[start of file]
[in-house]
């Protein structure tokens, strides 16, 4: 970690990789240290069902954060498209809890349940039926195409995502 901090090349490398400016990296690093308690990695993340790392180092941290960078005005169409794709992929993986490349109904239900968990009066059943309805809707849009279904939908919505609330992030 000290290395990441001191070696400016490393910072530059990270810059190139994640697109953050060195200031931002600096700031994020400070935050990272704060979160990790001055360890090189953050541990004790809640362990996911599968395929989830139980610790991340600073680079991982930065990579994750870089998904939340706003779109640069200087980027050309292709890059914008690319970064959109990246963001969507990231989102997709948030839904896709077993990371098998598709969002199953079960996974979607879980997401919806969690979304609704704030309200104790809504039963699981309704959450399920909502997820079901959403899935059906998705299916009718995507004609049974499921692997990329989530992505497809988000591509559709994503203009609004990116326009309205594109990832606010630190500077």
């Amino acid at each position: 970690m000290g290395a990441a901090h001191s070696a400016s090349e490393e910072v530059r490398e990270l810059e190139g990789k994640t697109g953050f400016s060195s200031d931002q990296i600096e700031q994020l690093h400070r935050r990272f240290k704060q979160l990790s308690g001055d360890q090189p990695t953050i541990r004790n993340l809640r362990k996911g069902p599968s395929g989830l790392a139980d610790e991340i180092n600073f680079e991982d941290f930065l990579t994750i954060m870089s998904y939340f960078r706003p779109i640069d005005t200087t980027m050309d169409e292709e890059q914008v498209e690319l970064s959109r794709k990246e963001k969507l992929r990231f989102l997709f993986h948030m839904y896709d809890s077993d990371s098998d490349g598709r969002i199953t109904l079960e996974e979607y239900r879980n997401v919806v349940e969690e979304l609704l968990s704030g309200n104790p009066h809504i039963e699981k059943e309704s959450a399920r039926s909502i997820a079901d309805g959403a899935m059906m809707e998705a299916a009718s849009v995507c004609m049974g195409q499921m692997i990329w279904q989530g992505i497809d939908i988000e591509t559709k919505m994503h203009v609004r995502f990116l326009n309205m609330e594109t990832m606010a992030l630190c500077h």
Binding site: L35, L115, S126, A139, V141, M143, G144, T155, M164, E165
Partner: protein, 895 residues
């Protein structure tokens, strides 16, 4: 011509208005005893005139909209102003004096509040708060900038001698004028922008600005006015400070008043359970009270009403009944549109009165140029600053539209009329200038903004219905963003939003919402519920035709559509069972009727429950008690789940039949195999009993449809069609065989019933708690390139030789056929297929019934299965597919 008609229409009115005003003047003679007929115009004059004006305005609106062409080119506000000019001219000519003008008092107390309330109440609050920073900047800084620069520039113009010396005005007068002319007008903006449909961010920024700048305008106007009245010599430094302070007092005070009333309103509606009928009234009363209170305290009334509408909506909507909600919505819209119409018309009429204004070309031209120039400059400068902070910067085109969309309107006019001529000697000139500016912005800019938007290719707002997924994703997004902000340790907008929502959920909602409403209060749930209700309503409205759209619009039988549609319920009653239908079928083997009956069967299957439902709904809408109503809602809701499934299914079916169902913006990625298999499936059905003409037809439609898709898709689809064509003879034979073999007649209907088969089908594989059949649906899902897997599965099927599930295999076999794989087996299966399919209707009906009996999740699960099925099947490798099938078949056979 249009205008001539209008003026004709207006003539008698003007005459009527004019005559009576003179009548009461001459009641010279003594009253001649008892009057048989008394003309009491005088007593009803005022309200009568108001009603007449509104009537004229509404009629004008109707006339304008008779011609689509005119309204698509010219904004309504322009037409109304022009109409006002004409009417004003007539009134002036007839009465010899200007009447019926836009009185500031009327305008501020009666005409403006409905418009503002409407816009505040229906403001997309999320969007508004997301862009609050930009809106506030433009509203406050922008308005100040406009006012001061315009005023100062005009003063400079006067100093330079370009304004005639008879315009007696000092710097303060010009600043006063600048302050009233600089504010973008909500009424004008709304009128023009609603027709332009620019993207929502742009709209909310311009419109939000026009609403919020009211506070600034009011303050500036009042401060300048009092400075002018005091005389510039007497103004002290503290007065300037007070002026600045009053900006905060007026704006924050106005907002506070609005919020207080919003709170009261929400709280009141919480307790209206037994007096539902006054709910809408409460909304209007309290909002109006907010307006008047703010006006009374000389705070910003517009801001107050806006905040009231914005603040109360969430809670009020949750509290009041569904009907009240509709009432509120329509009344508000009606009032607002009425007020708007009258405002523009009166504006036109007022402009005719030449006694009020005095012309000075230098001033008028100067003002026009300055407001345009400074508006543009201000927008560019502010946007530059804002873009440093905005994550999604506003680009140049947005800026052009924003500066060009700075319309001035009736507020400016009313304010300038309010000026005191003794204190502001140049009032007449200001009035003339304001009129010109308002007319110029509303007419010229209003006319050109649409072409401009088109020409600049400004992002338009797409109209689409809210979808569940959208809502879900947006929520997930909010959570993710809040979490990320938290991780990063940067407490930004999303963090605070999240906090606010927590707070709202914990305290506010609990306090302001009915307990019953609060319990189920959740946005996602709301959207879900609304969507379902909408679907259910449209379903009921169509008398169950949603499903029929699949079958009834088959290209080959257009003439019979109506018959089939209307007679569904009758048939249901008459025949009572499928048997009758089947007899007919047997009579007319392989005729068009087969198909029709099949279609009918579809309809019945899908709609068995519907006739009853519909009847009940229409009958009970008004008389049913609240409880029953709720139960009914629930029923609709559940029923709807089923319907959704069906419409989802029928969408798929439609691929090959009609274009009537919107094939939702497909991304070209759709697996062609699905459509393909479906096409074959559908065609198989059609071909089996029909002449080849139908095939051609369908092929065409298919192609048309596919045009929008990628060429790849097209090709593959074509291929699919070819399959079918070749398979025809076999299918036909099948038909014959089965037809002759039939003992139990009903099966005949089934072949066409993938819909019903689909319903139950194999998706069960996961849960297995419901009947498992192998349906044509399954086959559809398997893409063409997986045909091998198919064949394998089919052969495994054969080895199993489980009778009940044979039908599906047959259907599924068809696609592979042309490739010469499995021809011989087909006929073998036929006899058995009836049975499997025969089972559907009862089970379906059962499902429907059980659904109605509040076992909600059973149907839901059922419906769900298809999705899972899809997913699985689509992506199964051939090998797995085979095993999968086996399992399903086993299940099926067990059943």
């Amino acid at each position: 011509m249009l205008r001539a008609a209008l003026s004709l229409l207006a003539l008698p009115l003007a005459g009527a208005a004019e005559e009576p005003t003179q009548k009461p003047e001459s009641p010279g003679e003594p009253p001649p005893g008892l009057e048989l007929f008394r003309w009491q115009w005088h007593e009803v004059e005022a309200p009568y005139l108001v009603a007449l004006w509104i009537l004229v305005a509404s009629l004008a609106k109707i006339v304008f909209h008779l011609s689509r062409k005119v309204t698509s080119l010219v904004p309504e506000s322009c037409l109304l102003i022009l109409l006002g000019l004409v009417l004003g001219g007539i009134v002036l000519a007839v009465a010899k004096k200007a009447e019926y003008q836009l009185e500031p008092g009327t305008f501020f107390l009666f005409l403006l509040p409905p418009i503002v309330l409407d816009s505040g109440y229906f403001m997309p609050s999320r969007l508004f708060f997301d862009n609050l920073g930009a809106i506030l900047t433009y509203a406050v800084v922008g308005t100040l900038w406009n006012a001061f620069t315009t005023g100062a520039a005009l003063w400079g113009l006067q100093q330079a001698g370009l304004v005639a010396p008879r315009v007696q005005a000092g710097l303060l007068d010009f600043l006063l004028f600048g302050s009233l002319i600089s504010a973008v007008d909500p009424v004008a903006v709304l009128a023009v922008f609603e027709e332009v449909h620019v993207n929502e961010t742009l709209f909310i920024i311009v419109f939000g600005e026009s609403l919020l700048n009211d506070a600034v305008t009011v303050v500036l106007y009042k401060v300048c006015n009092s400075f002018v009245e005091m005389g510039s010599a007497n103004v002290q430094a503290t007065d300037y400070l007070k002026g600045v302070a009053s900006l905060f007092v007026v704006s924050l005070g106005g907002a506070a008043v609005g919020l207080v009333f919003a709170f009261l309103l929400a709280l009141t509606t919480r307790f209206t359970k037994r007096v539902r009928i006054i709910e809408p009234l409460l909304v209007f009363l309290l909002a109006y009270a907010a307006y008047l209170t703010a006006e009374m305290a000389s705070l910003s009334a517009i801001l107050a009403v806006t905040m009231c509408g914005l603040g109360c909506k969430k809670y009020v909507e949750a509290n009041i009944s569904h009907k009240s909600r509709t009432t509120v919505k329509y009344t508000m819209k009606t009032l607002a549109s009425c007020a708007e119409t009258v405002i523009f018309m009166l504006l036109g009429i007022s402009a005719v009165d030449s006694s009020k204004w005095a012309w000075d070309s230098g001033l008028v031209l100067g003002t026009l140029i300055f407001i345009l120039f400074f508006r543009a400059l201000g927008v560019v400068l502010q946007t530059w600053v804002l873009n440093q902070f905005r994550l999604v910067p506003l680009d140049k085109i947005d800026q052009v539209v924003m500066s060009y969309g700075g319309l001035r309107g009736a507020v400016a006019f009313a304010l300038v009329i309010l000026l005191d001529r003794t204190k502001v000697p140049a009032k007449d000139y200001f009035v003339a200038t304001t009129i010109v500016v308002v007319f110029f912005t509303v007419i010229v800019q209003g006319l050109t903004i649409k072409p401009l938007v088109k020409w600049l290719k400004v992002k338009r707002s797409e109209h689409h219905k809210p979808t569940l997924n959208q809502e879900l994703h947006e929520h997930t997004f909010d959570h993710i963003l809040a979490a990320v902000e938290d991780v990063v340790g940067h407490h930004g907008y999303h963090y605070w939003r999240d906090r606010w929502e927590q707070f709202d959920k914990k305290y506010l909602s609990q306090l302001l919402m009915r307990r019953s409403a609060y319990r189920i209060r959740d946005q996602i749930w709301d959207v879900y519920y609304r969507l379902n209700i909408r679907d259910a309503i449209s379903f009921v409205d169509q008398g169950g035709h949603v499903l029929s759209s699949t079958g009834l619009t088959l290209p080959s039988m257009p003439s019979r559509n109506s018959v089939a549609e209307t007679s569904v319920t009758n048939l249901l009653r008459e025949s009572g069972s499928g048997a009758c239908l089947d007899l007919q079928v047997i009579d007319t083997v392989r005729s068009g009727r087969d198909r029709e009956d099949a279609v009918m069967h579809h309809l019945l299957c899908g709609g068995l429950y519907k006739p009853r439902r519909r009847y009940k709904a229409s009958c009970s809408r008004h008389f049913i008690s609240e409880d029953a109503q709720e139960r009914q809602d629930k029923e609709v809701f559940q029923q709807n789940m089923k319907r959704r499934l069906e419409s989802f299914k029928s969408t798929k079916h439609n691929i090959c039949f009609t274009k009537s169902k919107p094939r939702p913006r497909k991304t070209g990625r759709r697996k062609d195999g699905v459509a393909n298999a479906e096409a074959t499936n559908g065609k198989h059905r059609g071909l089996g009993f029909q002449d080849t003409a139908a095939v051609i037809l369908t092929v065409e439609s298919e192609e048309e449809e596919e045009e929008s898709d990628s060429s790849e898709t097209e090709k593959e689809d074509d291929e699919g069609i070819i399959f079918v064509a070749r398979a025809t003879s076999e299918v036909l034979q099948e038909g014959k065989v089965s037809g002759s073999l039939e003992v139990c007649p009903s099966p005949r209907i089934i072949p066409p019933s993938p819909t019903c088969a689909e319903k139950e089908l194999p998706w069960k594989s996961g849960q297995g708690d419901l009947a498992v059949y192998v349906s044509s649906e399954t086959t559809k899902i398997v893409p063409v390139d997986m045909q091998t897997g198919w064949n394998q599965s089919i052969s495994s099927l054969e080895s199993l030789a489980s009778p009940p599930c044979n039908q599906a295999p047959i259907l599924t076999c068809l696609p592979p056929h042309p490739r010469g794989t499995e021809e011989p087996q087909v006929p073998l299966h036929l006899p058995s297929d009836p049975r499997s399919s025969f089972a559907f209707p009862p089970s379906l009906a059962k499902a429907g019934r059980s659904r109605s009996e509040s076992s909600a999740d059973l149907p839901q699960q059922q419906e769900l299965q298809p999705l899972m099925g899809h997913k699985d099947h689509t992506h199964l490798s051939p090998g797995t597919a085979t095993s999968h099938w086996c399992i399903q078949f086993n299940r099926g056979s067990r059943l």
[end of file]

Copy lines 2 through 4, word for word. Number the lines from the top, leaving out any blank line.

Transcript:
């Protein structure tokens, strides 16, 4: 970690990789240290069902954060498209809890349940039926195409995502 901090090349490398400016990296690093308690990695993340790392180092941290960078005005169409794709992929993986490349109904239900968990009066059943309805809707849009279904939908919505609330992030 000290290395990441001191070696400016490393910072530059990270810059190139994640697109953050060195200031931002600096700031994020400070935050990272704060979160990790001055360890090189953050541990004790809640362990996911599968395929989830139980610790991340600073680079991982930065990579994750870089998904939340706003779109640069200087980027050309292709890059914008690319970064959109990246963001969507990231989102997709948030839904896709077993990371098998598709969002199953079960996974979607879980997401919806969690979304609704704030309200104790809504039963699981309704959450399920909502997820079901959403899935059906998705299916009718995507004609049974499921692997990329989530992505497809988000591509559709994503203009609004990116326009309205594109990832606010630190500077």
């Amino acid at each position: 970690m000290g290395a990441a901090h001191s070696a400016s090349e490393e910072v530059r490398e990270l810059e190139g990789k994640t697109g953050f400016s060195s200031d931002q990296i600096e700031q994020l690093h400070r935050r990272f240290k704060q979160l990790s308690g001055d360890q090189p990695t953050i541990r004790n993340l809640r362990k996911g069902p599968s395929g989830l790392a139980d610790e991340i180092n600073f680079e991982d941290f930065l990579t994750i954060m870089s998904y939340f960078r706003p779109i640069d005005t200087t980027m050309d169409e292709e890059q914008v498209e690319l970064s959109r794709k990246e963001k969507l992929r990231f989102l997709f993986h948030m839904y896709d809890s077993d990371s098998d490349g598709r969002i199953t109904l079960e996974e979607y239900r879980n997401v919806v349940e969690e979304l609704l968990s704030g309200n104790p009066h809504i039963e699981k059943e309704s959450a399920r039926s909502i997820a079901d309805g959403a899935m059906m809707e998705a299916a009718s849009v995507c004609m049974g195409q499921m692997i990329w279904q989530g992505i497809d939908i988000e591509t559709k919505m994503h203009v609004r995502f990116l326009n309205m609330e594109t990832m606010a992030l630190c500077h």
Binding site: L35, L115, S126, A139, V141, M143, G144, T155, M164, E165